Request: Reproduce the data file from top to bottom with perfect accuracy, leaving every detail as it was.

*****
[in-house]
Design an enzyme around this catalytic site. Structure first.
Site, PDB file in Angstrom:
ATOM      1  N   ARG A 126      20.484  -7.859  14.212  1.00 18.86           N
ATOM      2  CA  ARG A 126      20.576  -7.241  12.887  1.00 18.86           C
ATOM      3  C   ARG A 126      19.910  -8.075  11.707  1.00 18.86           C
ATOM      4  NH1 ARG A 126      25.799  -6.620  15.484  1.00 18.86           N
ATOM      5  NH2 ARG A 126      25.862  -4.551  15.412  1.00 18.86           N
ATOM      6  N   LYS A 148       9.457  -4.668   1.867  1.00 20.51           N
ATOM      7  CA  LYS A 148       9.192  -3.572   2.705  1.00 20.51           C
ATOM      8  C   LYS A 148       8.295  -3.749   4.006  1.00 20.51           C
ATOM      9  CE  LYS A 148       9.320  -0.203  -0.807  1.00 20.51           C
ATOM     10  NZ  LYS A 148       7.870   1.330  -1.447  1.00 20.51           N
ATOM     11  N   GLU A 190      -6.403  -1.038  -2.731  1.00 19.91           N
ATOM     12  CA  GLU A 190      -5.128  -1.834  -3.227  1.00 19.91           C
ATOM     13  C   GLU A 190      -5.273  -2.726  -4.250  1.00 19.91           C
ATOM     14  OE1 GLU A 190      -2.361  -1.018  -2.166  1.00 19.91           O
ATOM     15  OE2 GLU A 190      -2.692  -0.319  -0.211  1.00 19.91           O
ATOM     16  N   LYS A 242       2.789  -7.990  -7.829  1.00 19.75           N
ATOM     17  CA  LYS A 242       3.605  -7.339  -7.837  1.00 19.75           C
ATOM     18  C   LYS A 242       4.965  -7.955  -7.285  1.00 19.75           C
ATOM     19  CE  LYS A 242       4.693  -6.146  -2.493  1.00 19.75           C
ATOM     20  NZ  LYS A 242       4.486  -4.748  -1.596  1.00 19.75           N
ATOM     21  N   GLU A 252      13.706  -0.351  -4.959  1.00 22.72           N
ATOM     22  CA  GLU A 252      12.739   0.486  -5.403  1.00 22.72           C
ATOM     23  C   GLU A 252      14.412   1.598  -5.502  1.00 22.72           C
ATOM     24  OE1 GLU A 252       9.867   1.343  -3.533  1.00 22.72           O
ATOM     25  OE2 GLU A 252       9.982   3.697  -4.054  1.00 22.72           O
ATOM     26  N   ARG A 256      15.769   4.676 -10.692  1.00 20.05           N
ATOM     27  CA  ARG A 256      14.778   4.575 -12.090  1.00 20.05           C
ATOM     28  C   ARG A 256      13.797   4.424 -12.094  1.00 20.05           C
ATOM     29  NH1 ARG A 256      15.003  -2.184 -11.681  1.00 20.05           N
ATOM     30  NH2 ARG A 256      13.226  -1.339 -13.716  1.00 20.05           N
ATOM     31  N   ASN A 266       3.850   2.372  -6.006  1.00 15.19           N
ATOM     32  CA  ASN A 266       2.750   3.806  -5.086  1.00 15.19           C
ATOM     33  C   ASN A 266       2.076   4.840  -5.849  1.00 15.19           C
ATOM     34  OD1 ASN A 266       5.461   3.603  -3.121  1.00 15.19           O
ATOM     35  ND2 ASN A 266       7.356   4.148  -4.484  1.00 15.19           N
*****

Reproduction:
[in-house]
Design an enzyme around this catalytic site. Structure first.
Site, PDB file in Angstrom:
ATOM      1  N   ARG A 126      20.484  -7.859  14.212  1.00 18.86           N
ATOM      2  CA  ARG A 126      20.576  -7.241  12.887  1.00 18.86           C
ATOM      3  C   ARG A 126      19.910  -8.075  11.707  1.00 18.86           C
ATOM      4  NH1 ARG A 126      25.799  -6.620  15.484  1.00 18.86           N
ATOM      5  NH2 ARG A 126      25.862  -4.551  15.412  1.00 18.86           N
ATOM      6  N   LYS A 148       9.457  -4.668   1.867  1.00 20.51           N
ATOM      7  CA  LYS A 148       9.192  -3.572   2.705  1.00 20.51           C
ATOM      8  C   LYS A 148       8.295  -3.749   4.006  1.00 20.51           C
ATOM      9  CE  LYS A 148       9.320  -0.203  -0.807  1.00 20.51           C
ATOM     10  NZ  LYS A 148       7.870   1.330  -1.447  1.00 20.51           N
ATOM     11  N   GLU A 190      -6.403  -1.038  -2.731  1.00 19.91           N
ATOM     12  CA  GLU A 190      -5.128  -1.834  -3.227  1.00 19.91           C
ATOM     13  C   GLU A 190      -5.273  -2.726  -4.250  1.00 19.91           C
ATOM     14  OE1 GLU A 190      -2.361  -1.018  -2.166  1.00 19.91           O
ATOM     15  OE2 GLU A 190      -2.692  -0.319  -0.211  1.00 19.91           O
ATOM     16  N   LYS A 242       2.789  -7.990  -7.829  1.00 19.75           N
ATOM     17  CA  LYS A 242       3.605  -7.339  -7.837  1.00 19.75           C
ATOM     18  C   LYS A 242       4.965  -7.955  -7.285  1.00 19.75           C
ATOM     19  CE  LYS A 242       4.693  -6.146  -2.493  1.00 19.75           C
ATOM     20  NZ  LYS A 242       4.486  -4.748  -1.596  1.00 19.75           N
ATOM     21  N   GLU A 252      13.706  -0.351  -4.959  1.00 22.72           N
ATOM     22  CA  GLU A 252      12.739   0.486  -5.403  1.00 22.72           C
ATOM     23  C   GLU A 252      14.412   1.598  -5.502  1.00 22.72           C
ATOM     24  OE1 GLU A 252       9.867   1.343  -3.533  1.00 22.72           O
ATOM     25  OE2 GLU A 252       9.982   3.697  -4.054  1.00 22.72           O
ATOM     26  N   ARG A 256      15.769   4.676 -10.692  1.00 20.05           N
ATOM     27  CA  ARG A 256      14.778   4.575 -12.090  1.00 20.05           C
ATOM     28  C   ARG A 256      13.797   4.424 -12.094  1.00 20.05           C
ATOM     29  NH1 ARG A 256      15.003  -2.184 -11.681  1.00 20.05           N
ATOM     30  NH2 ARG A 256      13.226  -1.339 -13.716  1.00 20.05           N
ATOM     31  N   ASN A 266       3.850   2.372  -6.006  1.00 15.19           N
ATOM     32  CA  ASN A 266       2.750   3.806  -5.086  1.00 15.19           C
ATOM     33  C   ASN A 266       2.076   4.840  -5.849  1.00 15.19           C
ATOM     34  OD1 ASN A 266       5.461   3.603  -3.121  1.00 15.19           O
ATOM     35  ND2 ASN A 266       7.356   4.148  -4.484  1.00 15.19           N